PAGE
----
2. For social media, I think the core problem is that outrage drives engagement and engagement drives revenue, so as long as outrage and revenue are that closely tied, platforms are implicitly incentivized to generate outrage.

          In general, I think linking content is actually a bad thing for social media platforms. Like I see some dumb stuff on Instagram every now and then, but my Facebook feed went from 12-15 years ago being primarily random, dumb comments about people's lives to today where it's largely people linking to news and all sorts of content that doesn't actually have anything specifically to do with staying in touch with people that I know. Don't get me wrong, I think Instagram is bad in its own way--being that focused on pictures seems to have sparked a vanity race to the bottom. And Twitter is like being stuck in grand central station with all sorts of cross talk and actually trying to listen in on all the conversations.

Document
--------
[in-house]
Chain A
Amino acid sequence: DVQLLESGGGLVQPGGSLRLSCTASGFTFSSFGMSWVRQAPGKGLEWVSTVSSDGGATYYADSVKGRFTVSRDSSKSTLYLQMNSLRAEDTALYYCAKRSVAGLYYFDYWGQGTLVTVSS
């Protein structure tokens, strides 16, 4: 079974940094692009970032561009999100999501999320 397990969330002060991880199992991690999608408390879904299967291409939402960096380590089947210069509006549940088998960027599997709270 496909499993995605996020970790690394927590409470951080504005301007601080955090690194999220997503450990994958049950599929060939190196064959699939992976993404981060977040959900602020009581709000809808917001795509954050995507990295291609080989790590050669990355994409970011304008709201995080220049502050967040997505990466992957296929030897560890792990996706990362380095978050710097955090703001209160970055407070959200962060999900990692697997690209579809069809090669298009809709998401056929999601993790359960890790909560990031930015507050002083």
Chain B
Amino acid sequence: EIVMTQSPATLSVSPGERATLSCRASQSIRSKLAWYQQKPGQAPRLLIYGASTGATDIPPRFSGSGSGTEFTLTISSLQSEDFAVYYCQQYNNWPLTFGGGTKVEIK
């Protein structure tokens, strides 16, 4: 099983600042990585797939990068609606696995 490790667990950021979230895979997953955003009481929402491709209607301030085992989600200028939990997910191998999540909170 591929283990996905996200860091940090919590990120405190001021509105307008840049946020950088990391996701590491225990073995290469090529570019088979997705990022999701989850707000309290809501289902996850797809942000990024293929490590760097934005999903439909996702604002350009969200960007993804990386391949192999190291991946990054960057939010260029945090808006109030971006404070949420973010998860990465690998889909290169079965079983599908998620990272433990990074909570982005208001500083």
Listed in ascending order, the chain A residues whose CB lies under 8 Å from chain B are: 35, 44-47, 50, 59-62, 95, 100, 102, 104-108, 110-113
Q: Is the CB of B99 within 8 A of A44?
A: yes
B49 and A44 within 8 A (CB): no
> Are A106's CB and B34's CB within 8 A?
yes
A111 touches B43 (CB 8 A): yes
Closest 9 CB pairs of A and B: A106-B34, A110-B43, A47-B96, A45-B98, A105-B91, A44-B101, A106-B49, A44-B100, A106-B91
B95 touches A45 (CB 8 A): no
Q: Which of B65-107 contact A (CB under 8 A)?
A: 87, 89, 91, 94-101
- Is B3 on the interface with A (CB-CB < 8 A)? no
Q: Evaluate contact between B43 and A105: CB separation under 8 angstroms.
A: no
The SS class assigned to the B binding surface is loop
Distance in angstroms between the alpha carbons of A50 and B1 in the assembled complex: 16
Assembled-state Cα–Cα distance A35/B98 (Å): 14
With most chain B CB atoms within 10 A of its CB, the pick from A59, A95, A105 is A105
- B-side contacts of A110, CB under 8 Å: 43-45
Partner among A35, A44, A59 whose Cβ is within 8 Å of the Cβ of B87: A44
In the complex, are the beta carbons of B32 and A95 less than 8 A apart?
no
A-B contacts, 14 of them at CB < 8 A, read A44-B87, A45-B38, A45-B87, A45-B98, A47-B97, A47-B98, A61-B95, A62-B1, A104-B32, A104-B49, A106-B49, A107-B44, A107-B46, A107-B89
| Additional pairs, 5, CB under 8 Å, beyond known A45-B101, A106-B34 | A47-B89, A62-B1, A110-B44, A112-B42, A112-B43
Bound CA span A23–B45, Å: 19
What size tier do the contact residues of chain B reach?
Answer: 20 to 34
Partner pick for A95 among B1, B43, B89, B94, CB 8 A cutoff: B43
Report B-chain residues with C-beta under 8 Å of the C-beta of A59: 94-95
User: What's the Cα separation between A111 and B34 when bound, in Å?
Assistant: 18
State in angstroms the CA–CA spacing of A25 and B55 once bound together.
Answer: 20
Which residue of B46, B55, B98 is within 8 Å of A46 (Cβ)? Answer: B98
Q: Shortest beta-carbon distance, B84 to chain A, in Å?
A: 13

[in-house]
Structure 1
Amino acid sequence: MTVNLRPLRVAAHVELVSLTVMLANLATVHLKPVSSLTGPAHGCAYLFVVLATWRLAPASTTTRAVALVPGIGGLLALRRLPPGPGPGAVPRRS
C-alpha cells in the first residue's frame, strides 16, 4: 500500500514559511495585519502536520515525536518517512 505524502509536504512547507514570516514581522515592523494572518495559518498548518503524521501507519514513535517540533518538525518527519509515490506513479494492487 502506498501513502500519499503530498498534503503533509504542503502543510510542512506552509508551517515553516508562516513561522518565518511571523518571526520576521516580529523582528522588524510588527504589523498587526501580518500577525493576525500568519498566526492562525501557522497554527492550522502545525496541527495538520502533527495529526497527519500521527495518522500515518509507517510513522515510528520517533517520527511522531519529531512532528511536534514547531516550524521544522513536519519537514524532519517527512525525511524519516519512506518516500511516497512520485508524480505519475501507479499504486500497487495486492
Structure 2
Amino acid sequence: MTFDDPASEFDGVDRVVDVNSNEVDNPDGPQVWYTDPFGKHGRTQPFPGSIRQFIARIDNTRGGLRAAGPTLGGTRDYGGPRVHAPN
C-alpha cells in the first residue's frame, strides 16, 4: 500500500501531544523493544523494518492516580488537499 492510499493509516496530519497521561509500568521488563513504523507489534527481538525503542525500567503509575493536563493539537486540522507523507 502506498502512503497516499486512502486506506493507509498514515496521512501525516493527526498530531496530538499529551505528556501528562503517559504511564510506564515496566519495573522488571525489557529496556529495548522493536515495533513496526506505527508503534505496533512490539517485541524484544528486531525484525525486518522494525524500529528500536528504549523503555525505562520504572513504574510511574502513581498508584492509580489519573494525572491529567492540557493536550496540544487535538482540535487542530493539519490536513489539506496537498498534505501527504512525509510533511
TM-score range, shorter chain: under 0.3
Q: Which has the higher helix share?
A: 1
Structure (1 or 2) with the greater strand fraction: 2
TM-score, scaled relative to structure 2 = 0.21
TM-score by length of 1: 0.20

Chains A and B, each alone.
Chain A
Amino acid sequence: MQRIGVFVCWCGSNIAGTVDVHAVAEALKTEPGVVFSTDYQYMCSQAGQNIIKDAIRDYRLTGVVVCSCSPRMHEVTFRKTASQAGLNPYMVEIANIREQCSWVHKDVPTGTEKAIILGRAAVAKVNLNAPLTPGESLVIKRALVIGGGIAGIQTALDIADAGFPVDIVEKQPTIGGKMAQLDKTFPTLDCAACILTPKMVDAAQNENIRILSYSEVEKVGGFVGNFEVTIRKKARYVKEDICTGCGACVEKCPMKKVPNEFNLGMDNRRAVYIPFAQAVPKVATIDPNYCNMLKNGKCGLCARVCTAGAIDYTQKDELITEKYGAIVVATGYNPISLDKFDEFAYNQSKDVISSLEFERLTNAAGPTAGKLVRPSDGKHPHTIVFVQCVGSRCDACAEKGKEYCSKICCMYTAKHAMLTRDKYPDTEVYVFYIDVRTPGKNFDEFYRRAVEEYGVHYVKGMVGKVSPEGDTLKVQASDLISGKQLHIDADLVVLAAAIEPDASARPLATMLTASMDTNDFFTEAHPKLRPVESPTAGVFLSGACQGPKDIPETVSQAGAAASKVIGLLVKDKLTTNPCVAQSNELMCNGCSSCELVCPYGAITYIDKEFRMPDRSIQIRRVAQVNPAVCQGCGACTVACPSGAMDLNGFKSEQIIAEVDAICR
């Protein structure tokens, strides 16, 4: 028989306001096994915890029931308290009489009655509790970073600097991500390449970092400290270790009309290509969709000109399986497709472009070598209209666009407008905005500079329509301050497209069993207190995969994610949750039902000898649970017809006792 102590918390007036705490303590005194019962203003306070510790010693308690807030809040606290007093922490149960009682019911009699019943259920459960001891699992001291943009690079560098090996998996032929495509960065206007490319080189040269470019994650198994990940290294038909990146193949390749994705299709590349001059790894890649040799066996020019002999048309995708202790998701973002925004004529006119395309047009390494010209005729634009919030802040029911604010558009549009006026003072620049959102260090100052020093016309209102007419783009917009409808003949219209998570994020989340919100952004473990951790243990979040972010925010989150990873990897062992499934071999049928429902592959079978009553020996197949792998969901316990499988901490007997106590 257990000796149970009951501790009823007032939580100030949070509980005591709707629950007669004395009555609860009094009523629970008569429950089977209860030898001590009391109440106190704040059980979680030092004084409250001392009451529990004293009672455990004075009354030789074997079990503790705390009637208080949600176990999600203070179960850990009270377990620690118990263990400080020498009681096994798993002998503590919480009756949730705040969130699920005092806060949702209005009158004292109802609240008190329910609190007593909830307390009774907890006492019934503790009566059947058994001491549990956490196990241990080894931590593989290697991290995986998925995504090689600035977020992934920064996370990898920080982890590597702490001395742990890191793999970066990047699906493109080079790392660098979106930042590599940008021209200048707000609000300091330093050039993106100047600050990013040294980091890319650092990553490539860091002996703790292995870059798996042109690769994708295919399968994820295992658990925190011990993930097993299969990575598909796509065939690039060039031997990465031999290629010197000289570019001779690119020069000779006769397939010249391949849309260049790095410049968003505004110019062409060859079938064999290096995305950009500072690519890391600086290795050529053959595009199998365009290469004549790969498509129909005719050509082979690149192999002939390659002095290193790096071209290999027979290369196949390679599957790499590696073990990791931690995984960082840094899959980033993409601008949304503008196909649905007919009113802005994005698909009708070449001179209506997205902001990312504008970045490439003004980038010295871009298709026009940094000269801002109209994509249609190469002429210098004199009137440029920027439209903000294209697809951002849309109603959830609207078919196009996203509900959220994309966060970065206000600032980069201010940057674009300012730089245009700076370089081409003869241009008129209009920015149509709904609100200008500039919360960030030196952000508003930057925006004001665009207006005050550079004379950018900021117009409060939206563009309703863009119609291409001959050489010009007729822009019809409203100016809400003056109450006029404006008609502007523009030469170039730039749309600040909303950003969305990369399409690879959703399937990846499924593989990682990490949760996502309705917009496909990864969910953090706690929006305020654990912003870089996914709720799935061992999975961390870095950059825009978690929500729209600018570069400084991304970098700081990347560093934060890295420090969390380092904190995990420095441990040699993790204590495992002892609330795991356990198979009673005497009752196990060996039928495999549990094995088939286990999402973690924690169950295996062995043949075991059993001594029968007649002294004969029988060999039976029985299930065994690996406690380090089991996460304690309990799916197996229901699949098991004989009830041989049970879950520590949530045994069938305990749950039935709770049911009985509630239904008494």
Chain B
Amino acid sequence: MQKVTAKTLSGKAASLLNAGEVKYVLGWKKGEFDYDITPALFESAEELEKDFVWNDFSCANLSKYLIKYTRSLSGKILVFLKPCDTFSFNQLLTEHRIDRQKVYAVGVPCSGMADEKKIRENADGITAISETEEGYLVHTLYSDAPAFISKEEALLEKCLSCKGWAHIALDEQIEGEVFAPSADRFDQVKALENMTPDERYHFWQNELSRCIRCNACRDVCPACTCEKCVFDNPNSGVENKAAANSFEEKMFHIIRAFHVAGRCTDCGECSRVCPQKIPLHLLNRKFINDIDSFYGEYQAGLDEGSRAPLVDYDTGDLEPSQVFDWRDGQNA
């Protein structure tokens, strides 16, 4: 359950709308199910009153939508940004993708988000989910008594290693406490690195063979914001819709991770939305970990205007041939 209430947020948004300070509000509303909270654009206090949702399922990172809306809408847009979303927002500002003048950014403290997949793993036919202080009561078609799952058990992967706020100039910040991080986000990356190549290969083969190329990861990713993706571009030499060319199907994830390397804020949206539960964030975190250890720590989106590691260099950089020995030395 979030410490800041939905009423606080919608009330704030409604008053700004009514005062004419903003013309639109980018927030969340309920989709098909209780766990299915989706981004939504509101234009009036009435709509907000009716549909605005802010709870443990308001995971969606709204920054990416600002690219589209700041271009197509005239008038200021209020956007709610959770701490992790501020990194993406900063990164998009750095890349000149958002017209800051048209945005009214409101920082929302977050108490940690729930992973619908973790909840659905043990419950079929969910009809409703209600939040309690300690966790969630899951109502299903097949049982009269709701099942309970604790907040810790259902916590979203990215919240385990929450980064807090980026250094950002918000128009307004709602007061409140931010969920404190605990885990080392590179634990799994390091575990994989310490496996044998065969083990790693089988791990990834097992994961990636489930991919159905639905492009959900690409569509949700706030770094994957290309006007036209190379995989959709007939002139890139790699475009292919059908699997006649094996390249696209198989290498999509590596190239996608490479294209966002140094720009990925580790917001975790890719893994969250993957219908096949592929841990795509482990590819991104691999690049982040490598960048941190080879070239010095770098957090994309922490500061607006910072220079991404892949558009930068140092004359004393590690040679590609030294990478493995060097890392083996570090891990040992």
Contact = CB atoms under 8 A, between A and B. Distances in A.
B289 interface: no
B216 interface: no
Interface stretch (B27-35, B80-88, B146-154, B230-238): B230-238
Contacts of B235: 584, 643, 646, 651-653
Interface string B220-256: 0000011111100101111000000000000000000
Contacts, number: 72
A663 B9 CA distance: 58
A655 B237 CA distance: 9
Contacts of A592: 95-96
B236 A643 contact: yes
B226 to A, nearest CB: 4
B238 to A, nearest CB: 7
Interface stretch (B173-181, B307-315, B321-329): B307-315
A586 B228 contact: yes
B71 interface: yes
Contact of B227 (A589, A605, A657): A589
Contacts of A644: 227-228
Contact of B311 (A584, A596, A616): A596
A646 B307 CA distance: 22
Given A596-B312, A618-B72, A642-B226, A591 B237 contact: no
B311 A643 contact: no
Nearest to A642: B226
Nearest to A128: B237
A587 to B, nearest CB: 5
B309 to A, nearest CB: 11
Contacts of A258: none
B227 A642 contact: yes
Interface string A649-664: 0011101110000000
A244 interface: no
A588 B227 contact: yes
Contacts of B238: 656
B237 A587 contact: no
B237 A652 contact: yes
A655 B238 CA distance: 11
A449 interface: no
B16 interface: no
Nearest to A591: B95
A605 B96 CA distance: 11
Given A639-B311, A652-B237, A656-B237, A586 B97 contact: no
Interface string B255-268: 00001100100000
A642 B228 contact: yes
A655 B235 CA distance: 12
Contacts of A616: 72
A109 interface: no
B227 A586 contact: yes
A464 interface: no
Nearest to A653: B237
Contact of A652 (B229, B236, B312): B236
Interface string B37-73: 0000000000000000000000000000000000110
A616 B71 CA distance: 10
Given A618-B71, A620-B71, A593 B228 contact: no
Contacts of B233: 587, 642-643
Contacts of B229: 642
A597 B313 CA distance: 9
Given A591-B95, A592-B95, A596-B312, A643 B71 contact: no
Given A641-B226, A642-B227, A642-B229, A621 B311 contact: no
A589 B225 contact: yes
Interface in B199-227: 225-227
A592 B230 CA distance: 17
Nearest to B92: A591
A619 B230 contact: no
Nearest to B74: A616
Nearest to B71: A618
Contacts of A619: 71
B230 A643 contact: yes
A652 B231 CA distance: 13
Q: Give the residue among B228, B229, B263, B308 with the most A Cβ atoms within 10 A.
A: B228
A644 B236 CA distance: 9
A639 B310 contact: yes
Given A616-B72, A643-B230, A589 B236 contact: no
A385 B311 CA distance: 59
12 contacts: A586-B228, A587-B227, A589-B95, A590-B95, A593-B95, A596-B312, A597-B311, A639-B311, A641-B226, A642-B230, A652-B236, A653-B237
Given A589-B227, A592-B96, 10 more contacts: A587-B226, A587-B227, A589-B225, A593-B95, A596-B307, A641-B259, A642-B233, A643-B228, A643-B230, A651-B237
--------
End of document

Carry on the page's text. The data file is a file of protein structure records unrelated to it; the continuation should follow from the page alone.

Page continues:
And anyone has my utmost sympathy if anyone you know happens to die in a tragic accident which gets any kind of publicity at all--"don't read the comments" moves from the realm of "watch where you're stepping" to "make sure to breathe" on the advice spectrum. It's the future, we're all famous for 15 minutes, and it turns out that by and large, being famous sucks.

          1. linking content is actually a bad thing for social media platforms

            This. THIS. So very much. This is what I'm thinking of when I was dreaming of separating the discourse from friendly updates. I think our brains love to lazily link to things in place of constructive thought.